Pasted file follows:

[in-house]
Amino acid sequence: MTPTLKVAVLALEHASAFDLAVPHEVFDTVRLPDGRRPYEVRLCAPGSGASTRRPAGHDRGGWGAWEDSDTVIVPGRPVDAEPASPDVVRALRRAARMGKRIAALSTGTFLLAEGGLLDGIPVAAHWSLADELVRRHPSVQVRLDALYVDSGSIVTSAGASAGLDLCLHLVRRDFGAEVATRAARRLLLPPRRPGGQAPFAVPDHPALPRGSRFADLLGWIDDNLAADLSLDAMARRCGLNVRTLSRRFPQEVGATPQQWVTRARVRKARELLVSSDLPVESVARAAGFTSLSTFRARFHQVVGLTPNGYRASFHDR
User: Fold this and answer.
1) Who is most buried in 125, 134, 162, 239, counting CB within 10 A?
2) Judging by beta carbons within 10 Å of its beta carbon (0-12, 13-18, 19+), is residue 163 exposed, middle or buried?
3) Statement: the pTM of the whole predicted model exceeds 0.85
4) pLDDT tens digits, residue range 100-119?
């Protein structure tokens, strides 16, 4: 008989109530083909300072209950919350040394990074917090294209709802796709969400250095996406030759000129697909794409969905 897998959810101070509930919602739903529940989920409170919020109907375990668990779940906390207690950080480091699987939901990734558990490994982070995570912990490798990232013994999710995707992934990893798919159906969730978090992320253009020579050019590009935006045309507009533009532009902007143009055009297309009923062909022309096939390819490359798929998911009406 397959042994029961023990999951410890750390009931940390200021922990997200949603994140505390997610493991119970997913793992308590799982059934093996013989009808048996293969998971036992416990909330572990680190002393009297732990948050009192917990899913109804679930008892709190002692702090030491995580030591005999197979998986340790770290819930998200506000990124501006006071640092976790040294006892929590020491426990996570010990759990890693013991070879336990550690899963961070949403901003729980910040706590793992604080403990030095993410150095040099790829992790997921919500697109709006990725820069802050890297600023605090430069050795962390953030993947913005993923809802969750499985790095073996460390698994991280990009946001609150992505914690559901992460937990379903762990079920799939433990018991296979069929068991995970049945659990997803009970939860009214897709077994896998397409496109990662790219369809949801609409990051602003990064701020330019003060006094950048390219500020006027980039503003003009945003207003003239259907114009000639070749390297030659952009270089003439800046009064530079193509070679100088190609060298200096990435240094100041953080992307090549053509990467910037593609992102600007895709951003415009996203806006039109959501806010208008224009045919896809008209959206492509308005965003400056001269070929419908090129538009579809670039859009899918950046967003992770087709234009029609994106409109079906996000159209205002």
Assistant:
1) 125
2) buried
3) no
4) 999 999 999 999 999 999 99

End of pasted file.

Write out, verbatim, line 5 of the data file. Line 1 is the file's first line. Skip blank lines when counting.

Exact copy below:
2) Judging by beta carbons within 10 Å of its beta carbon (0-12, 13-18, 19+), is residue 163 exposed, middle or buried?